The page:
Injuries continue to plague the Rangers. Shin-Soo Choo didn't play against the Mariners a week ago because of a bone spur in his left elbow. They also broke the Major League record for number of players used in a single season this week -- that number is now up to 61. They were just swept by the Royals and have lost their last five straight.

Key Players

SS Elvis Andrus - One of the few Rangers who hasn't caught the injury bug, Elvis Andrus has nonetheless taken a step back this year. Andrus has been an excellent fielder in the past but it seems like he's lost a step this year. His range in the field is not what it used to be and his base running score and his stolen base totals are down. His bat isn't making up the difference either as his wRC+ of 78 this year matches his mark from last year. The Rangers have an abundance of young infielders and it seems like Andrus could be on the outside looking in next year.

2B Rougned Odor - One of those young infielders is Rougned Odor. He's the youngest player in the majors this year and probably wouldn't have made it this far if it hadn't been for the multitude of injuries. His raw skill is apparent however. He's been able to achieve a wRC+ of 82 despite being underdeveloped at just 20-years-old. He doesn't walk much but he's got some pop in his bat. He should be pushing for a regular spot on next year's team alongside Jurickson Profar.

CF Leonys Martin - Leonys Martin has quickly established himself as the regular center fielder for the Rangers after just two years in the majors. He's a plus defender who has a great arm in center. Offensively, he relies on his speed to provide the most value.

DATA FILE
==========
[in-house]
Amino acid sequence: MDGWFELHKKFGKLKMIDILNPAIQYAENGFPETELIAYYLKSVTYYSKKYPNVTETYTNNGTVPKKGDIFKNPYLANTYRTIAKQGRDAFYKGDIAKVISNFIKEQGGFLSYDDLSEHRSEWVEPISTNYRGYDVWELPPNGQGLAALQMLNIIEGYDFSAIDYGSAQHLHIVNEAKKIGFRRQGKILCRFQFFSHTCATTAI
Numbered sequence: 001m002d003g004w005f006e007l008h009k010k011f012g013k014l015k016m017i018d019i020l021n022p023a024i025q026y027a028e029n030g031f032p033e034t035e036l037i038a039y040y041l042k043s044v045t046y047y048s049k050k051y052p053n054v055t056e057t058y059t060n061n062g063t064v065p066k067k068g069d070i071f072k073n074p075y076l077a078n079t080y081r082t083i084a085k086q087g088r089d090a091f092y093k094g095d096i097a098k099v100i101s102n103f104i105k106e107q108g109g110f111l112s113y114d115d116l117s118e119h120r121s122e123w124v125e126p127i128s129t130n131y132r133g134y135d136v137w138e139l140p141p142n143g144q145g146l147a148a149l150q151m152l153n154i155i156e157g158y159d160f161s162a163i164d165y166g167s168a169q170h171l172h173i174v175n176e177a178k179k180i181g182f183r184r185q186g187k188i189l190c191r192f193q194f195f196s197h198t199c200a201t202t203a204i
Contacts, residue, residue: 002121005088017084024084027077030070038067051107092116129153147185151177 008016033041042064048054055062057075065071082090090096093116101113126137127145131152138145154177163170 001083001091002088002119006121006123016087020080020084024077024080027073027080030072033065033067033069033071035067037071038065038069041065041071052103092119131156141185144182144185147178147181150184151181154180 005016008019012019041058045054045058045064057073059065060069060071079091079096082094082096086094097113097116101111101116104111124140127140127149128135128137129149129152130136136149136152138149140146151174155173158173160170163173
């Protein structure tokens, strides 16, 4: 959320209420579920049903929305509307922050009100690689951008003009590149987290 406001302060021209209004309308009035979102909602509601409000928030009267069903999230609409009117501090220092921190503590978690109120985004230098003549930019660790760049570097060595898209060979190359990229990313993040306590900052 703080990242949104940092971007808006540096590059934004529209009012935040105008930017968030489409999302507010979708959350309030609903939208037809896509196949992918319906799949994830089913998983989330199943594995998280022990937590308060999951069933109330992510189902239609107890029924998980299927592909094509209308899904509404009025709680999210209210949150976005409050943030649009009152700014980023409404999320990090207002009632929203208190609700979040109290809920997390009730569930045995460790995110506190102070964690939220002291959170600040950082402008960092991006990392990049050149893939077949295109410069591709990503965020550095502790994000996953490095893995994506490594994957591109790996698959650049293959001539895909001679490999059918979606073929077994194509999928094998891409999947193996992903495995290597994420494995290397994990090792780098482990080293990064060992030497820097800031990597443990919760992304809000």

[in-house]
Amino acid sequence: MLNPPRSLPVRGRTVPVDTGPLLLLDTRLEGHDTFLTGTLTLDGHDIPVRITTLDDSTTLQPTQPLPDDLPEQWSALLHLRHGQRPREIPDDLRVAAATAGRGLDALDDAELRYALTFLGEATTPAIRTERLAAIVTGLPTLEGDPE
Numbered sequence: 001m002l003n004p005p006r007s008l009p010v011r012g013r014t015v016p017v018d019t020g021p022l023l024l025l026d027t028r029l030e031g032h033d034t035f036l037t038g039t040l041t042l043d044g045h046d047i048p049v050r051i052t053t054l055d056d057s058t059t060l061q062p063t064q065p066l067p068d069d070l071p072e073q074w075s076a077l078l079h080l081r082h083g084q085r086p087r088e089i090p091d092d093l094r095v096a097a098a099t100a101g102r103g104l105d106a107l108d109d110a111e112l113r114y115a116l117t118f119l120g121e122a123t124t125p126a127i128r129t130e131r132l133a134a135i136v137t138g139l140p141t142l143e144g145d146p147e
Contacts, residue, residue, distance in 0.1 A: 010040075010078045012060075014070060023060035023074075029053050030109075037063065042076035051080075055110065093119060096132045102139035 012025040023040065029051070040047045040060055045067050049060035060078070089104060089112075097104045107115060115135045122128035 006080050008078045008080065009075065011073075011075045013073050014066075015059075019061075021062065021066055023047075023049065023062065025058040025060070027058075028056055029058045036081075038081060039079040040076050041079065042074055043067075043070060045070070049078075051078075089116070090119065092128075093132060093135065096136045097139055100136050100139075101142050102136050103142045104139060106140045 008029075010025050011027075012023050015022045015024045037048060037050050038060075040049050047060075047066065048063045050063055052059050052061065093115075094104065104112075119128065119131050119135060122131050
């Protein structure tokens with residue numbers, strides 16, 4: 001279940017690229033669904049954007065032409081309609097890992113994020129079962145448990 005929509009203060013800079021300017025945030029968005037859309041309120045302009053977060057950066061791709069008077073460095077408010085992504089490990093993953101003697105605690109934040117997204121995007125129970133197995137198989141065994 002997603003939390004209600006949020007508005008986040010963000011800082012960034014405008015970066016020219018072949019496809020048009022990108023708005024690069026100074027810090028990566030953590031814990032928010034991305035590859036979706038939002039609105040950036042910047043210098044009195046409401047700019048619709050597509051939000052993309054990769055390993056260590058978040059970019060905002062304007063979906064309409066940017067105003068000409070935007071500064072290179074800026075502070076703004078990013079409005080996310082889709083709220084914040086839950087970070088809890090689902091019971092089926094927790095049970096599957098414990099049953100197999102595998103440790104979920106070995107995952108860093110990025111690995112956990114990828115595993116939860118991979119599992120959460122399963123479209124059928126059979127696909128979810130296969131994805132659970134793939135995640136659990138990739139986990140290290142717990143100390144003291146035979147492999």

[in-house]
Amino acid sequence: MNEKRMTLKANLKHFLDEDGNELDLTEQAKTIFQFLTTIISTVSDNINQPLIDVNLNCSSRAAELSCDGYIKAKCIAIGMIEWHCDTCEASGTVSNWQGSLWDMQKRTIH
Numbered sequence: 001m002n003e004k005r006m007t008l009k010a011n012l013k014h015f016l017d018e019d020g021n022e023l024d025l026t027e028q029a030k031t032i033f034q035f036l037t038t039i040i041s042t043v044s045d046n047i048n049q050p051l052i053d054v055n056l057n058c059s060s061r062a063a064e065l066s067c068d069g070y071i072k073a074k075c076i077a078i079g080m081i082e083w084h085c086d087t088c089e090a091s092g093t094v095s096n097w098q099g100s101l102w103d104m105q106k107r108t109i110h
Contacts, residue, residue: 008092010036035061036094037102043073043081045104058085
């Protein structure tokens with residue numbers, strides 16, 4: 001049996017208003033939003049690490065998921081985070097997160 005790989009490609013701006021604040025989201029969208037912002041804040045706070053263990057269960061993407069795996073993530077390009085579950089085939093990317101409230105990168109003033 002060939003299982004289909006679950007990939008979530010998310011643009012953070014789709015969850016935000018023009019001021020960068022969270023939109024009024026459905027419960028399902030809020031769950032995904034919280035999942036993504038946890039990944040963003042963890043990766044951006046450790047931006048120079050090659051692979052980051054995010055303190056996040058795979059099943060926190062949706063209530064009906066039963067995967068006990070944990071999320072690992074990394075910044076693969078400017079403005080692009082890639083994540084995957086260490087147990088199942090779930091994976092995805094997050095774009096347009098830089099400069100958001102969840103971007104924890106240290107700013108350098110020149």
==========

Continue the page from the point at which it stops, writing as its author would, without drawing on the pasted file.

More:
3B Adrian Beltre - Adrian Beltre is perhaps the lone bright spot on the Rangers team even though he's spent some time on the disabled list (albeit briefly). After five years of league average offense on the Mariners, Beltre has taken his play to a completely new level. In the five years since leaving Seattle, he has averaged a 138 wRC+ and almost 6 WAR per year. His elite defense has slipped a bit and the advanced defensive metrics are calling him just above average this year. Still, his 4.8 WAR this year is far and away the best mark on the team.

RF Alex Rios - At the trade deadline, there were many pundits who thought the Mariners would make a move for Alex Rios. Instead, they acquired Austin Jackson and it turns out, they're running almost identical batting lines this year. Rios has dealt with a myriad of minor injuries this year but hasn't spent any time on the disabled list. These injuries have taken their toll on every aspect of his play, batting, base running, and fielding. It all adds up to replacement level play from a player who was supposed to be part of the core of the team.